Computer generated Sarracenia plants hunt their prey.

Pitcher Plants Lure Prey with Intricate Scents, Study Finds

The odour profiles of carnivorous pitcher plants play a major role in attracting specific prey, according to new research.

Carnivorous pitcher plants have long been known to capture prey using their unique pitfall traps, but researchers have discovered that the plants’ odours play a key role in determining their diet. The study by Dupont and colleagues, published in PLOS One, reveals that pitcher plants emit distinct scents that attract specific prey, providing new insights into the olfactory preferences of various insect groups.

Sarracenia plants may share the same method of trapping prey, but they don’t share the same prey. Until now, these differences have been primarily attributed to the plants’ morphology. However, the team hypothesized that the plants’ odour profiles also play a crucial role in determining the prey they capture.

Four veiny looking pitchers, of varying heights and widths.
Pitchers of the four studied Sarracenia taxa. Image: Dupont et al. 2023

To test their hypothesis, the researchers compared the odour and prey compositions of different Sarracenia taxa grown together. They analyzed a kinship gradient from Sarracenia purpurea, known to primarily capture ants, to horticultural hybrids Sarracenia × mitchellianaSarracenia × Juthatip soper and Sarracenia × leucophylla. They also measured several pitcher traits to discern the contributions of morphology and odour to prey variation.

The study found that the pitcher odours were as diverse as those of generalist-pollinated flowers but with notable differences among the different taxa, reflecting their relatedness. Volatile organic compound (VOC) similarity analyses revealed taxon-specific odour profiles, which were mirrored by the prey similarity analyses.

For example, Sarracenia × leucophylla was found to be more specialized in capturing flying insects like bees and moths and released more monoterpenes, compounds known to attract flower visitors. Sarracenia × Juthatip soper trapped a similar number of bees but fewer moths, with sesquiterpenes contributing less to its scent. Ants and Diptera were the primary prey of the other two taxa, which had scents dominated by fatty-acid-derivatives.

The researchers revealed two syndromes in the plants: ants were associated with fatty-acid-derivatives and short pitchers while flying insects were associated with monoterpenes, benzenoids and tall pitchers. In Sarracenia × leucophylla, the emission rate of fatty-acid-derivatives and pitcher length explained most variation in ant captures. In contrast, monoterpenes and pitcher length explained most variation in bee and moth captures, while monoterpenes alone explained most variation in Diptera and wasp captures.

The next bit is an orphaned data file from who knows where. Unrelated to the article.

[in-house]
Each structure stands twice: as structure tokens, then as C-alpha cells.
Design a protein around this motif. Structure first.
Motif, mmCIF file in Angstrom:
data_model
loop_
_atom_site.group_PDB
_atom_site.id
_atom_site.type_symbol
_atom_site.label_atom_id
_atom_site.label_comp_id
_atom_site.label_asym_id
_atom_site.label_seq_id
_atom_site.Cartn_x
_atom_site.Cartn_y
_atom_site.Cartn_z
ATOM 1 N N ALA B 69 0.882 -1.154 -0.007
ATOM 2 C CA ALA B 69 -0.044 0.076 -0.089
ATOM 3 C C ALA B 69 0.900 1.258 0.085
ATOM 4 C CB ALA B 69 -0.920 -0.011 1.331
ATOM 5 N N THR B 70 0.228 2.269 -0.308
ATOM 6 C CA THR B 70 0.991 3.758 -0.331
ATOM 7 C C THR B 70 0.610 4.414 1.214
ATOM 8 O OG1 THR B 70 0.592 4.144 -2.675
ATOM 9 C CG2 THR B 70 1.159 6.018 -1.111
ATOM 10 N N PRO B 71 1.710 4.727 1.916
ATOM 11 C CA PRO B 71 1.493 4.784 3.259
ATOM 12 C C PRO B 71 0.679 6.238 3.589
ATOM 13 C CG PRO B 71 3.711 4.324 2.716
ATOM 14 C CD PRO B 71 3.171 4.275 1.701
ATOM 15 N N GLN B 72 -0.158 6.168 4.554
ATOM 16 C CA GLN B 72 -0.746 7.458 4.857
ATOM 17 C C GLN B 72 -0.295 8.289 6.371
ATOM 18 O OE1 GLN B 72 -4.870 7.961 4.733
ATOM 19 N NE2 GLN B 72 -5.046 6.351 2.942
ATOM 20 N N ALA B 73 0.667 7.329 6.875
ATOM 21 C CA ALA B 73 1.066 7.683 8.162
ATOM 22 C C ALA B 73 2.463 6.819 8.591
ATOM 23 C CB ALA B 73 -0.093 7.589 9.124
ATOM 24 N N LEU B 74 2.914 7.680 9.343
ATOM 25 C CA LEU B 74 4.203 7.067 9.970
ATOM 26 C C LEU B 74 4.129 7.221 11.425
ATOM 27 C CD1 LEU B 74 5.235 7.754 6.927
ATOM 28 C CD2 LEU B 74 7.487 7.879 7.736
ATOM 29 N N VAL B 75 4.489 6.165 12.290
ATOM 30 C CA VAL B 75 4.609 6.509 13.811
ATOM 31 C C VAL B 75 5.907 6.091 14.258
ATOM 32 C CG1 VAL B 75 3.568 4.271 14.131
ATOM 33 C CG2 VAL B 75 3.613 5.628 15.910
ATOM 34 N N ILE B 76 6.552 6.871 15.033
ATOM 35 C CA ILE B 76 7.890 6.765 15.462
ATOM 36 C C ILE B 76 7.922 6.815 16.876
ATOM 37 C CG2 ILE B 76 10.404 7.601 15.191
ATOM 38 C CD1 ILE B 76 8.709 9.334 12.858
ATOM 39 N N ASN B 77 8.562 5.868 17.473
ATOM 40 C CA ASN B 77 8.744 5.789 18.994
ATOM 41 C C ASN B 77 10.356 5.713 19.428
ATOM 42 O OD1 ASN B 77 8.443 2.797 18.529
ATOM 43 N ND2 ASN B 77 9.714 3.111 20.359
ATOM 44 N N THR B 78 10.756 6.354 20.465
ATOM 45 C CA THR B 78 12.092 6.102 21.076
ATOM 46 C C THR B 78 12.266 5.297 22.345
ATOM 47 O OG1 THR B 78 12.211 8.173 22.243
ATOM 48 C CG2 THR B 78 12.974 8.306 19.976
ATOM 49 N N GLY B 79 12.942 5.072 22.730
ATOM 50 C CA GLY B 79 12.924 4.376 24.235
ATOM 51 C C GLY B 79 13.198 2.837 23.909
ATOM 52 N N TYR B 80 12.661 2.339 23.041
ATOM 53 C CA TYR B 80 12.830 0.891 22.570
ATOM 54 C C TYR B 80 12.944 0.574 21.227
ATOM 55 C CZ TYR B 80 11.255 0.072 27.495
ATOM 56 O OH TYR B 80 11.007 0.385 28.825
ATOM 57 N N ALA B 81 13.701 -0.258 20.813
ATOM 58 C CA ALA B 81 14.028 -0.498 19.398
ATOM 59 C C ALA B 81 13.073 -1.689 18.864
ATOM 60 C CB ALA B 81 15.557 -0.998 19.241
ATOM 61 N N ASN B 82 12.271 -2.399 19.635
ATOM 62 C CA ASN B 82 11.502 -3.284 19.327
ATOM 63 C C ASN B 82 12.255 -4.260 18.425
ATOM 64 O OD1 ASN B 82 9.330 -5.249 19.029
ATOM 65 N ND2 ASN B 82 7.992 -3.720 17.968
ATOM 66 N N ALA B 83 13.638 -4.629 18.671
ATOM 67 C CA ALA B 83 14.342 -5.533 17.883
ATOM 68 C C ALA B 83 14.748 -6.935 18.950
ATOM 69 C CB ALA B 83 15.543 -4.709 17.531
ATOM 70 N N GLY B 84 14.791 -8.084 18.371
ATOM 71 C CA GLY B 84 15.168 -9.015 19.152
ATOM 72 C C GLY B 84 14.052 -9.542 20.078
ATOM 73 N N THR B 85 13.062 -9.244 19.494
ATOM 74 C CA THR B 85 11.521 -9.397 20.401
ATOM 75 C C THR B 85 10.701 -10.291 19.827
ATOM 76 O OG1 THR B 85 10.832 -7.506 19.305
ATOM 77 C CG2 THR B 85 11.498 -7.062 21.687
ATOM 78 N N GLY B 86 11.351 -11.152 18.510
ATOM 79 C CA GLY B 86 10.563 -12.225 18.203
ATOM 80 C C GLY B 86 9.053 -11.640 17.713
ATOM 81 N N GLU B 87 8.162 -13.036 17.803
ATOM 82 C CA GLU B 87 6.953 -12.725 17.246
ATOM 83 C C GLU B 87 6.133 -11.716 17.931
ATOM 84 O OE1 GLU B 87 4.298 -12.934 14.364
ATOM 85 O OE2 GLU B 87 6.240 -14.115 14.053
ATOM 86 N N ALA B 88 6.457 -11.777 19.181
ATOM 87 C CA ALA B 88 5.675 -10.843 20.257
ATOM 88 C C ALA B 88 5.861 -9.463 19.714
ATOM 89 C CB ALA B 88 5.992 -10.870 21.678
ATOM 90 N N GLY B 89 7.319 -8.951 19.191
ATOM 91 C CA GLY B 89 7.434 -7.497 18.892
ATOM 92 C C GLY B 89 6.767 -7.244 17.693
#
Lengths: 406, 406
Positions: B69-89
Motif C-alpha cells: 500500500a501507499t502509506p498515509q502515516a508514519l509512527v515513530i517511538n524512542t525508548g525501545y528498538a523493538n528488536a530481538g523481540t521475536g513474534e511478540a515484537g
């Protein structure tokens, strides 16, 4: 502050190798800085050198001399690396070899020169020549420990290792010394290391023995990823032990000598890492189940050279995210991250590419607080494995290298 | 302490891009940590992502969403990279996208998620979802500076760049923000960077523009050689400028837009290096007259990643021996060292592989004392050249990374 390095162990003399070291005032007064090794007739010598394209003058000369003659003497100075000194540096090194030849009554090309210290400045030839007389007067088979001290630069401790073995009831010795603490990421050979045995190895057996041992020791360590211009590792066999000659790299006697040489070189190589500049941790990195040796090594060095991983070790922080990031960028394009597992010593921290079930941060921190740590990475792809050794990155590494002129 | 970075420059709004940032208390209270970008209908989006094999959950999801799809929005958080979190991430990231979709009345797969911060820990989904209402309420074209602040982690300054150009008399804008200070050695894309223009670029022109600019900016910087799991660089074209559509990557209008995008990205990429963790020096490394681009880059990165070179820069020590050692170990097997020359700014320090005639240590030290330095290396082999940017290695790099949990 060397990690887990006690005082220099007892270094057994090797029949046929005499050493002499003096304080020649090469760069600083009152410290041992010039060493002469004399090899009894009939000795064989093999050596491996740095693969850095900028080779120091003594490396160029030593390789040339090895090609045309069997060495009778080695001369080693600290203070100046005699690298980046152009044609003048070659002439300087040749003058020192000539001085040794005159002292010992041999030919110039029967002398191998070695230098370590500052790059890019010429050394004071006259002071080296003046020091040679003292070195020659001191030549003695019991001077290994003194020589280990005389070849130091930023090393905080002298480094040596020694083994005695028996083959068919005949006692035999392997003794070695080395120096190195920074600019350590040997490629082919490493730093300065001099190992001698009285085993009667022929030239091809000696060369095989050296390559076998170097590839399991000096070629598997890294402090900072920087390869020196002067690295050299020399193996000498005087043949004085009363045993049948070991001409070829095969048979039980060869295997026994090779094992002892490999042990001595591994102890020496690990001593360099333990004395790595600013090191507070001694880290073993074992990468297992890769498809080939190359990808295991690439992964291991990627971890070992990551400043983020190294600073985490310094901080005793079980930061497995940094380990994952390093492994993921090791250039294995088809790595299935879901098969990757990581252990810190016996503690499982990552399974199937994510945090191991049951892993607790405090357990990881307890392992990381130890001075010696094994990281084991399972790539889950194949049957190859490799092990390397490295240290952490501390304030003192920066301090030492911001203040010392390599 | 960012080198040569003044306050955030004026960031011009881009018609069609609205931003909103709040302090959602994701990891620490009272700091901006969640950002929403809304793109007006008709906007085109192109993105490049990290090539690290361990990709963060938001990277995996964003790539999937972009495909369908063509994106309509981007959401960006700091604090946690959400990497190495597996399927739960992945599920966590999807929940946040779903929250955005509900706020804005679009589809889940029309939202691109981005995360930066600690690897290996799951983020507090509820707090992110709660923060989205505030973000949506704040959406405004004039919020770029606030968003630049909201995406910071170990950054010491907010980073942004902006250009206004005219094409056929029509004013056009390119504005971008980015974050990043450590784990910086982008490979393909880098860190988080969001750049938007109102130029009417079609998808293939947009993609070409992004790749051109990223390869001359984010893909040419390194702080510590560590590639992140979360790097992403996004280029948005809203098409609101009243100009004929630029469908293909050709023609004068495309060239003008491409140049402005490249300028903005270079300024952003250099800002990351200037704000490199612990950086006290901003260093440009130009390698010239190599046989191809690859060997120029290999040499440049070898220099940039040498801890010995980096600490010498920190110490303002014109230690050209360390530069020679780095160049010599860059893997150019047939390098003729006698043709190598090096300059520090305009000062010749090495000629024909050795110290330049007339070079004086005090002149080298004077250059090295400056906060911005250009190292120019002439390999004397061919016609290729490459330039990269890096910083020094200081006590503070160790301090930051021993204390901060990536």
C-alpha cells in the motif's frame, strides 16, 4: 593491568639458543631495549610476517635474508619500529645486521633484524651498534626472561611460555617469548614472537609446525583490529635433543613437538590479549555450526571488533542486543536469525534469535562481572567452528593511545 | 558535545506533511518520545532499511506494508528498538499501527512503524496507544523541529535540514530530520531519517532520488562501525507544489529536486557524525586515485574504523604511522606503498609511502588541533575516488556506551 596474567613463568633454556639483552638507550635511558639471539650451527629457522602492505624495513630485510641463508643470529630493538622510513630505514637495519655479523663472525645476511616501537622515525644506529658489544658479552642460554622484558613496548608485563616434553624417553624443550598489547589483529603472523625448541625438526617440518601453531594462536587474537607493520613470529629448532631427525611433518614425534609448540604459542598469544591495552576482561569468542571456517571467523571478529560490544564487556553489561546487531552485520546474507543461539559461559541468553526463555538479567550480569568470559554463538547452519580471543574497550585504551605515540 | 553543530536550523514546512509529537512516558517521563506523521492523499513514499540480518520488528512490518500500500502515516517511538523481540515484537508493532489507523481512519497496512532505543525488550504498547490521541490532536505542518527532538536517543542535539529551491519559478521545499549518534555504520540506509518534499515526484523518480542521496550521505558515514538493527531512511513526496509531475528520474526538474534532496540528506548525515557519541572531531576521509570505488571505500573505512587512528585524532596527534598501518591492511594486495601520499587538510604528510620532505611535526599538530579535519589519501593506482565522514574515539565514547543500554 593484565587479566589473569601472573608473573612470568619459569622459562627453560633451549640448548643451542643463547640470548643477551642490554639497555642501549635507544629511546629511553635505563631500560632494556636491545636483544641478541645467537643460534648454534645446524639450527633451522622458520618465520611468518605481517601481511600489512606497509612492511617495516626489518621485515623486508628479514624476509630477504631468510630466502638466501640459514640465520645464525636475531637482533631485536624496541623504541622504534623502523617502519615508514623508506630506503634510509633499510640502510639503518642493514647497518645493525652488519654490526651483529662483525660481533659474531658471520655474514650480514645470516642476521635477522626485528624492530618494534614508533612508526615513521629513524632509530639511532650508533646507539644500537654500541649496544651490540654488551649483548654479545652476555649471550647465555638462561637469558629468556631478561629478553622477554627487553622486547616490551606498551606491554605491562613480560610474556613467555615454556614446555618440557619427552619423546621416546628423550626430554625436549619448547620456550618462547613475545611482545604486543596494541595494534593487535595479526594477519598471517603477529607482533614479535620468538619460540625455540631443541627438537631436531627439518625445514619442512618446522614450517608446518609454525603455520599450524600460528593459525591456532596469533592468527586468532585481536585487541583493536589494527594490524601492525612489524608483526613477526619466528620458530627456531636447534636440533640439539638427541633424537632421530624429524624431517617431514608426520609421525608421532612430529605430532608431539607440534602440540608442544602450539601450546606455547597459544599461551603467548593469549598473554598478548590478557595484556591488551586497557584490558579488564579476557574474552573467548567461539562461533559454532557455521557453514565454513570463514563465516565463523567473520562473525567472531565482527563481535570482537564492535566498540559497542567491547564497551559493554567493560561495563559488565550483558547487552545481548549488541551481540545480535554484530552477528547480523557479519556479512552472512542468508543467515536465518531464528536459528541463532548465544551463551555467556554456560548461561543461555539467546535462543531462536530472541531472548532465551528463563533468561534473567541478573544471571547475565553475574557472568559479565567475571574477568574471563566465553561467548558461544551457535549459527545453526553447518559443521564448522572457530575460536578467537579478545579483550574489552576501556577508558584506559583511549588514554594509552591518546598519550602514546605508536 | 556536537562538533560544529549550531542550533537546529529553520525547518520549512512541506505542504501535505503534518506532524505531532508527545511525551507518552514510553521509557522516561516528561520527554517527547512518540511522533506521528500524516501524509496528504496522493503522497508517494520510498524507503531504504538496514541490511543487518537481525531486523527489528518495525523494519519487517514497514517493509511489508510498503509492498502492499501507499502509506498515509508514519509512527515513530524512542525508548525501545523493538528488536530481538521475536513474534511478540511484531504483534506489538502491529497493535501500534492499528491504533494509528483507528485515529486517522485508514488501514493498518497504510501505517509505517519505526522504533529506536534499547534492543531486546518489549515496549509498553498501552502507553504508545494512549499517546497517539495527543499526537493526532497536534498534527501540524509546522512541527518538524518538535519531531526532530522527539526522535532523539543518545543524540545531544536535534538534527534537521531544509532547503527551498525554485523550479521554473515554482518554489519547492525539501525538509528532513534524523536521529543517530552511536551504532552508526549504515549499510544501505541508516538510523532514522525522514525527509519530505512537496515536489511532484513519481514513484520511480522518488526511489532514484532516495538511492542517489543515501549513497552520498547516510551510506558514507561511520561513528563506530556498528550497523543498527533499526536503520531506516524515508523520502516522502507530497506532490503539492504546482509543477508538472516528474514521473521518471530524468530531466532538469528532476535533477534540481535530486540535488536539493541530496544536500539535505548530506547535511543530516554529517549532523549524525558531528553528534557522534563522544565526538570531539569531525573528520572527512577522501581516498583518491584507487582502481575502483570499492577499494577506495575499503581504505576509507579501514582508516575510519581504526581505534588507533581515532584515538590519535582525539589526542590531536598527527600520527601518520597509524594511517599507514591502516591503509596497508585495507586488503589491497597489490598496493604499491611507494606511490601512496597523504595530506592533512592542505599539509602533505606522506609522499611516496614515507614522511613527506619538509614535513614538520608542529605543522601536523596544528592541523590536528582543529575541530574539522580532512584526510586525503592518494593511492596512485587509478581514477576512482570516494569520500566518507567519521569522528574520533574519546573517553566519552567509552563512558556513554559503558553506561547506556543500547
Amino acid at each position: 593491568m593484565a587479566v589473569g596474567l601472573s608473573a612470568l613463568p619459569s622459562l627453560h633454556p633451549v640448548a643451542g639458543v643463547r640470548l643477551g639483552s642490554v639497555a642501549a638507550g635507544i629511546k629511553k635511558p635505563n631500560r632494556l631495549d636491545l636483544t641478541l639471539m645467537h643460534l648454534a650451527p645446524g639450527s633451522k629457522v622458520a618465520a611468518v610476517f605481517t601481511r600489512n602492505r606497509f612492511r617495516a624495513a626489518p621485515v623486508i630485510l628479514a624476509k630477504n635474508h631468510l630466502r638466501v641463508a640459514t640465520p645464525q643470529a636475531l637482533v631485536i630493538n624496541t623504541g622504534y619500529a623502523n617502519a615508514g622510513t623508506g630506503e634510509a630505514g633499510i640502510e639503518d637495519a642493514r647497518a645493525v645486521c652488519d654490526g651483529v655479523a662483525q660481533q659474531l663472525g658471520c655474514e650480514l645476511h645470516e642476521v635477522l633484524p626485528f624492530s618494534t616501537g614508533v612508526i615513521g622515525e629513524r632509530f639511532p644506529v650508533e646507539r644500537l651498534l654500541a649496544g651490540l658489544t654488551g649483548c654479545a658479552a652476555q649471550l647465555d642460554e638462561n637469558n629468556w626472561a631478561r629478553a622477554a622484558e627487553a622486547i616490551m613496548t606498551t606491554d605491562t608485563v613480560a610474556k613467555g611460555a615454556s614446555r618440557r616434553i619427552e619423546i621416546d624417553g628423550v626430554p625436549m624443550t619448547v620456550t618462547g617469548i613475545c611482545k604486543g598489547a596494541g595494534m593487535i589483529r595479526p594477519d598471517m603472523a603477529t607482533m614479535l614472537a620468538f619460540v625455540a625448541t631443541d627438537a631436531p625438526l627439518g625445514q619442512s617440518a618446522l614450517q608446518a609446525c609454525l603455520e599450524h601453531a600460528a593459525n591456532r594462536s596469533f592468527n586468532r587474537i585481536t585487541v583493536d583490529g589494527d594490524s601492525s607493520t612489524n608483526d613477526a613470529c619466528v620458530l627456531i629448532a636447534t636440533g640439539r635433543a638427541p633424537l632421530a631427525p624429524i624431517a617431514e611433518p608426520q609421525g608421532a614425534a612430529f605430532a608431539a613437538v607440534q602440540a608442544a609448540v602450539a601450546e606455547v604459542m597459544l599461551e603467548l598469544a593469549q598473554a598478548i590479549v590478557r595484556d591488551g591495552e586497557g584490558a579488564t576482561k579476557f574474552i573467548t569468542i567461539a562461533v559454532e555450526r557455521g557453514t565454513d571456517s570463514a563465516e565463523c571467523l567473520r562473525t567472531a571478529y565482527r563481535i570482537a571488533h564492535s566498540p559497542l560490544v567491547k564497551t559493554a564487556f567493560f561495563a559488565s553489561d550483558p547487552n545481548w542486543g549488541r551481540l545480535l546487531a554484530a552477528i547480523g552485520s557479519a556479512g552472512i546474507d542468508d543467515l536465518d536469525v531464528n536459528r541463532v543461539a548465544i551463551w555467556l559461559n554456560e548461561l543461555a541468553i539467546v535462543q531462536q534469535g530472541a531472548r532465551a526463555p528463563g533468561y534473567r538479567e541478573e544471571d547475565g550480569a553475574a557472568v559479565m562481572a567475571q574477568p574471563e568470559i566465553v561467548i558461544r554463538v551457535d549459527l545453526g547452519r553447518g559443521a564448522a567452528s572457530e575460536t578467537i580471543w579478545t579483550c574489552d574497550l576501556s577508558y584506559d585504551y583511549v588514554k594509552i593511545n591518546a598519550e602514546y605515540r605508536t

The study’s findings suggest that odours are key factors in determining the insect biases in carnivorous plants, where the plants take advantage of insects’ innate preferences for certain scents to lure them in. Dupont and colleagues write in their article that humans’ relatively poor nose for scent, and reliance on eyes, may have led botanists to ignore an important part of an insect’s experience of a plant.

Of the signals involved in communication, odour is probably the most cryptic to humans, who primarily use their visual sense and it may thus have been largely overlooked. In addition, odour is often correlated with other plant characteristics, making it difficult to disentangle its effect from others. Furthermore, it cannot be precisely described without a technological tool, i.e. the GC-MS. Its effect may also be not easily pointed out because different compounds that form the blend can have opposite effects on different guilds of insects. Sarracenia plants are not spared from these issues. The positive correlation revealed in this study between certain odour components such as the amounts of benzenoids and terpenes with pitcher length could explain why the effect of odour could have remained unnoticed. Indeed, pitcher morphology, a set of traits easier to measure, was often shown to be “the” driver of prey abundance. 

Dupont et al. 2023

The researchers believe that their work provides new insights into the olfactory preferences of insect groups, which could have broader implications for understanding insect behaviour and plant-insect interactions.

READ THE ARTICLE

Dupont, C., Buatois, B., Bessiere, J-M., Villemant, C., Hatterman, T., Gomez, D. and Gaume, L. (2023) “Volatile organic compounds influence prey composition in Sarracenia carnivorous plants,” PLOS One, 18 (4): e0277603. Available at: https://doi.org/10.1371/journal.pone.0277603.

Dale Maylea

Dale Maylea was a system for adding value to press releases. Then he was a manual algorithm for blogging any papers that Alun Salt thinks are interesting. Now he's an AI-assisted pen name. The idea being telling people about an interesting paper NOW beats telling people about an interesting paper at some time in the future, when there's time to sit down and take things slowly. We use the pen name to keep track of what is being written and how. You can read more about our relationship with AI.

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